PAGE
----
HONG KONG - Asia's markets rebounded during 2009 from losses incurred in the global financial crisis, but analysts warned of further volatility in the 12 months ahead.
More than a year after world economies went into freefall, the Asia-Pacific region has recovered strongly, largely due to the rapid deployment of massive government stimulus measures.
The year saw investor confidence return across the region. Hong Kong's Hang Seng Index ended 52% higher after being stripped by nearly the same amount in 2008.
In China the Shanghai Composite Index surged 80% while Seoul's KOSPI added nearly 50%. Tokyo's Nikkei-225 ended a tumultuous year 20% higher.
However, analysts warned of further volatility in 2010, as the United States and China look to end massive stimulus packages.
"If the economic recovery in the US takes hold, the government will likely exit its stimulus package," ICBC International strategist Ernie Hon told Dow Jones Newswires.
"Additionally, China is already facing a potential property market bubble."
The Shanghai Composite Index enjoyed a huge bull run in 2009 after shedding nearly two thirds of its value in 2008 as the effects of the global financial crisis took hold.
Beijing in 2008 unveiled a four-trillion-yuan (586-billion-dollar) stimulus package along with big tax breaks to boost domestic spending amid the global slump.
But analysts see the Chinese market consolidating in 2010 as the government looks to rein in record lending and surging property prices.
"In 2010, the Chinese stock market may continue to consolidate in a see-saw pattern. Various factors may affect the market including the possible exit from the stimulus package" said Cai Junyi, stock analyst at Shanghai Securities.
Japan saw a volatile 12 months as the country exited recession but saw unemployment hit a record high as prices continued to fall along with wages and a stronger yen battered exporters.
On Wednesday the Nikkei-225 closed down 0.86% at 10,546.44, still up 20% over the year.
A major concern for policymakers in 2010 is tackling falling consumer prices and averting another deflationary spiral, analysts said.
"Even if the performances of individual companies are impressive (in 2010), the overall stock market wouldn't get a boost without confidence in Japan," said Hiroaki Kuramochi, chief equity marketing officer at Tokai Tokyo Securities.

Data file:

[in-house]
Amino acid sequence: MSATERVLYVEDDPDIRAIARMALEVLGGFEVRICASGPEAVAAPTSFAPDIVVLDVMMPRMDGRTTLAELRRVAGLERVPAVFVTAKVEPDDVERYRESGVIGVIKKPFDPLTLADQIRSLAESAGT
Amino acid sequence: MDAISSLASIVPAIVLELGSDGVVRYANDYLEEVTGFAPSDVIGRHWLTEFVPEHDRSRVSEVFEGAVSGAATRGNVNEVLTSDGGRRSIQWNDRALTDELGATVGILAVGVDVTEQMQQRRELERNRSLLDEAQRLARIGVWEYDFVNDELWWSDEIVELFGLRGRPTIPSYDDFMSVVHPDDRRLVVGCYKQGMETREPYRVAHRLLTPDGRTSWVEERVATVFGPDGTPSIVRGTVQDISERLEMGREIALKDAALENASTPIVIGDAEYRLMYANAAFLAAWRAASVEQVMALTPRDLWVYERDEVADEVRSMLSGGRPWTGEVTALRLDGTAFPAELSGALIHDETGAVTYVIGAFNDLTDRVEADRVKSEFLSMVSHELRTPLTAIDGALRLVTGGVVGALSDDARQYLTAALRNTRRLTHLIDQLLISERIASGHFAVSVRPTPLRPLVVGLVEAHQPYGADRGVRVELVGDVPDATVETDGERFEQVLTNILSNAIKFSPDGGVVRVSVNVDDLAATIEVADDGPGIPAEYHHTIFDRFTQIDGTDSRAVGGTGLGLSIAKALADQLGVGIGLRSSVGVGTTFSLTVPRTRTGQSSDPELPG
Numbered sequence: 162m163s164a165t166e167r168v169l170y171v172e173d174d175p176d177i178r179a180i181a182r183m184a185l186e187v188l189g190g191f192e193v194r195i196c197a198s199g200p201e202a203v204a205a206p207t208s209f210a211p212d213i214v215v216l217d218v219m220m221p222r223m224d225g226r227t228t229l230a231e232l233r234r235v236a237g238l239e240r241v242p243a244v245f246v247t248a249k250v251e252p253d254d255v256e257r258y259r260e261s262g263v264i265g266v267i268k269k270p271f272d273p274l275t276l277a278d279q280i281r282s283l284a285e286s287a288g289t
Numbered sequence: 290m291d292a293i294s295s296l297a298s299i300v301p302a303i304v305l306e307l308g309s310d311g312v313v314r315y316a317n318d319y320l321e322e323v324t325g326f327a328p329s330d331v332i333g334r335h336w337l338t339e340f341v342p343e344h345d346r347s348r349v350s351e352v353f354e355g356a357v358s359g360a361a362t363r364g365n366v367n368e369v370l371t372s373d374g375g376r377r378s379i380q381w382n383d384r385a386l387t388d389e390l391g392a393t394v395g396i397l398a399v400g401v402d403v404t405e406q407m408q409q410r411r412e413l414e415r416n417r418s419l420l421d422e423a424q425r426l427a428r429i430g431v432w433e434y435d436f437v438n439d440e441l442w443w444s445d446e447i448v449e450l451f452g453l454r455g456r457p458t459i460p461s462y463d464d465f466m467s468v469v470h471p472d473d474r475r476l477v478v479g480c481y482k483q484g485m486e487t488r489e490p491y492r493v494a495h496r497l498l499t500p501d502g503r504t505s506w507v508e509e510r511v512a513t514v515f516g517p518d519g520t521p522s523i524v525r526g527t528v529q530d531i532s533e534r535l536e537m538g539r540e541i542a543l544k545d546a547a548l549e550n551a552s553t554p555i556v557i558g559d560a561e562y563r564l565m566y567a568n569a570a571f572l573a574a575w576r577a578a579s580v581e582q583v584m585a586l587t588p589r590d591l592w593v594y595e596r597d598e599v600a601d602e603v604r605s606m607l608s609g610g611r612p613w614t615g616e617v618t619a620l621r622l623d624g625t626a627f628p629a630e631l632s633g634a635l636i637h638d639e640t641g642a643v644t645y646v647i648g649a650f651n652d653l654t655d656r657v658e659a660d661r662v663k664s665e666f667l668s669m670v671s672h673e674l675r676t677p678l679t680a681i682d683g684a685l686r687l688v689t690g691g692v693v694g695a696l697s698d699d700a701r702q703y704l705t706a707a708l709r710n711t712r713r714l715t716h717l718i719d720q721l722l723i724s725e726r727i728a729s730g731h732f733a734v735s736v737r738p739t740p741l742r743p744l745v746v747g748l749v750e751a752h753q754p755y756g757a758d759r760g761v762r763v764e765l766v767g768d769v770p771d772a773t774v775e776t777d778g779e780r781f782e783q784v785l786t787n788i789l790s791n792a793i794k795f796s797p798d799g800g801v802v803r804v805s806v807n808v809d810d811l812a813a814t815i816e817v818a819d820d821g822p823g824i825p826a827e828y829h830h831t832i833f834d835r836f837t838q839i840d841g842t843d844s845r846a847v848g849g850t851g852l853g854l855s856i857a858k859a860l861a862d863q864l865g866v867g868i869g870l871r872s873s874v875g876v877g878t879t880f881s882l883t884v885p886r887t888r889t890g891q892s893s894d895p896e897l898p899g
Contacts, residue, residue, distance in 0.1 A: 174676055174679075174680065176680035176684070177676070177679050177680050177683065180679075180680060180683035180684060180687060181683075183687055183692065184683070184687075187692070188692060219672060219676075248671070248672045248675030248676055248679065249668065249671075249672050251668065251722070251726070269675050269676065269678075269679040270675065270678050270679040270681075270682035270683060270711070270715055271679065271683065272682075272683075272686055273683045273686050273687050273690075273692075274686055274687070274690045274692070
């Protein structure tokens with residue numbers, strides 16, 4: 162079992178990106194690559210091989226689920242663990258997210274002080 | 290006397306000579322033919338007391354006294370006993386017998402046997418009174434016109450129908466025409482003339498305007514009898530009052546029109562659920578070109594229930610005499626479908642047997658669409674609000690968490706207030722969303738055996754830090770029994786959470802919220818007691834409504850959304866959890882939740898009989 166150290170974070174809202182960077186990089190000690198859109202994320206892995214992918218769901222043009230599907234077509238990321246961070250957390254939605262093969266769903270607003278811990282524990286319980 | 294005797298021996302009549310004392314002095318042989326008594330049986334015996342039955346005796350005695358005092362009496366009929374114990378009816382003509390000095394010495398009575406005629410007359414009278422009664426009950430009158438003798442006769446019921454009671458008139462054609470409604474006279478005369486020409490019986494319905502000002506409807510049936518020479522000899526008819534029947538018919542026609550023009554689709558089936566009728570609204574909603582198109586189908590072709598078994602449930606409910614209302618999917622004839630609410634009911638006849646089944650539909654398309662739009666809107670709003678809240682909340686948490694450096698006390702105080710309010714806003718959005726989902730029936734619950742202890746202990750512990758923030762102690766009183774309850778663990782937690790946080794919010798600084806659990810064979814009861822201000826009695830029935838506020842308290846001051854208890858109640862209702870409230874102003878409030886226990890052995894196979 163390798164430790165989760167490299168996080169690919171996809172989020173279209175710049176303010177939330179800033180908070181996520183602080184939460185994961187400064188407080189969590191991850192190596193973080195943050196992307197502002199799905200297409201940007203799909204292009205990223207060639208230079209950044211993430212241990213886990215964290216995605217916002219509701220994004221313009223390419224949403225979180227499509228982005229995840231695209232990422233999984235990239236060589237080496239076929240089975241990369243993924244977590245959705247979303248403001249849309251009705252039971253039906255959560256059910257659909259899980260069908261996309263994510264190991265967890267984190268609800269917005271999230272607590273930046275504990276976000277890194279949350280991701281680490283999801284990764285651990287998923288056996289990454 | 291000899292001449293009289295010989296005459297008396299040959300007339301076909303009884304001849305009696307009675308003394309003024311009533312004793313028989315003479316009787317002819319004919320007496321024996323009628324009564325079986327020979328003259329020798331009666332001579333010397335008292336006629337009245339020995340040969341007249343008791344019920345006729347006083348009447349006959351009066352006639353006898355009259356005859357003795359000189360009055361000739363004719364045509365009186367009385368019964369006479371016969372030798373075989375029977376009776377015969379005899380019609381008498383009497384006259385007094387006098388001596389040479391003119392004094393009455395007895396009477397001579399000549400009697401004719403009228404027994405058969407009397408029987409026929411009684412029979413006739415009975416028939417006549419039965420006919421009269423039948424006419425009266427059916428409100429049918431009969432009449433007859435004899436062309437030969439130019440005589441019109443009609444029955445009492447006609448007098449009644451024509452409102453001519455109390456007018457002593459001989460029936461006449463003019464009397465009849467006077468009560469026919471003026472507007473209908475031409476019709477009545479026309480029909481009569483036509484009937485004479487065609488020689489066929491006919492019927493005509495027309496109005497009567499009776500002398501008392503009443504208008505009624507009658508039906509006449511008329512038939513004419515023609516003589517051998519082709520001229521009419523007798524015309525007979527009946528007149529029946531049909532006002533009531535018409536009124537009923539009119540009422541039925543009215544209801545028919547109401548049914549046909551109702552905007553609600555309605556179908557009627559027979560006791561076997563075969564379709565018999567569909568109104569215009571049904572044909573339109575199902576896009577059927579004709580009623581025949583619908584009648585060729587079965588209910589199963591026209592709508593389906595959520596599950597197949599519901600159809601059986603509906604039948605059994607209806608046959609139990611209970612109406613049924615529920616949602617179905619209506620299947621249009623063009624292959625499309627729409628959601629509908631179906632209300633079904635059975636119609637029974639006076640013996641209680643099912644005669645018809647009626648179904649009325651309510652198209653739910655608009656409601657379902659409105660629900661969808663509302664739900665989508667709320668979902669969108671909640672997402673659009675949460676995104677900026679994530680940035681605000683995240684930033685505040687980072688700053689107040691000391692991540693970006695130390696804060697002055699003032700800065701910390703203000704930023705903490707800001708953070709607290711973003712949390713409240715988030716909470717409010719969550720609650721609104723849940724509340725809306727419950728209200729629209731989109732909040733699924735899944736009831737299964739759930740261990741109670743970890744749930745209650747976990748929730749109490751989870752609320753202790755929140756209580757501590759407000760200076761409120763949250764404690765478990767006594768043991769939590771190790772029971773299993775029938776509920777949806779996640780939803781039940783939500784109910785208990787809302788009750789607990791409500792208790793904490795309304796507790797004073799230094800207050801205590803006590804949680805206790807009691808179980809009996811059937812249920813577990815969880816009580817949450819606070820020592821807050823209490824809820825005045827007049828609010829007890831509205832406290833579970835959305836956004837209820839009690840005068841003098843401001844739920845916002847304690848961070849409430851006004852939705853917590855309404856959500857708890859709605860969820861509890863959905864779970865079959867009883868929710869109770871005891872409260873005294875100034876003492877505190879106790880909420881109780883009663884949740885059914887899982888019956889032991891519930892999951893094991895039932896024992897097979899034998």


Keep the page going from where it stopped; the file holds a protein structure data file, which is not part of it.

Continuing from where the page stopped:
Investors will continue to look to the United States amid signs the world's biggest economy is recovering from deep recession.
"Recent US economic data have been encouraging," said Macquarie Private Wealth Associate Director Marcus Droga in Sydney. "The US market obviously believes the economy is more likely to get better".
The Dow Jones Industrial Average was up 20% ahead of Thursday's final trading session of 2009.
Elsewhere Sydney's S&P/ASX 200 index added more than 30% in a year that saw Australia hailed as "the wonder from Down Under", as the only major Western economy to avoid recession and the first to ease monetary stimulus amid surging resources exports to China.
However, AMP Capital Investors chief economist Shane Oliver said he expected a weaker 2010 as the after effects of the banking crisis in the US continued.
"That's going to no doubt throw up a few losses here and there," he said.
In India, Mumbai's Sensex index added a massive 80% as the government's economic reforms and coordinated policy actions restored confidence with foreign investors returning.
Singapore's Straits Times Index was 65% higher, as the government declared the end to a severe recession that had emerged in the third quarter of 2008.
The region's other markets also surged, with Sri Lanka 128% higher, Bangkok and Manila more than 60% up on the year, Kuala Lumpur up 45% and Wellington 18% higher.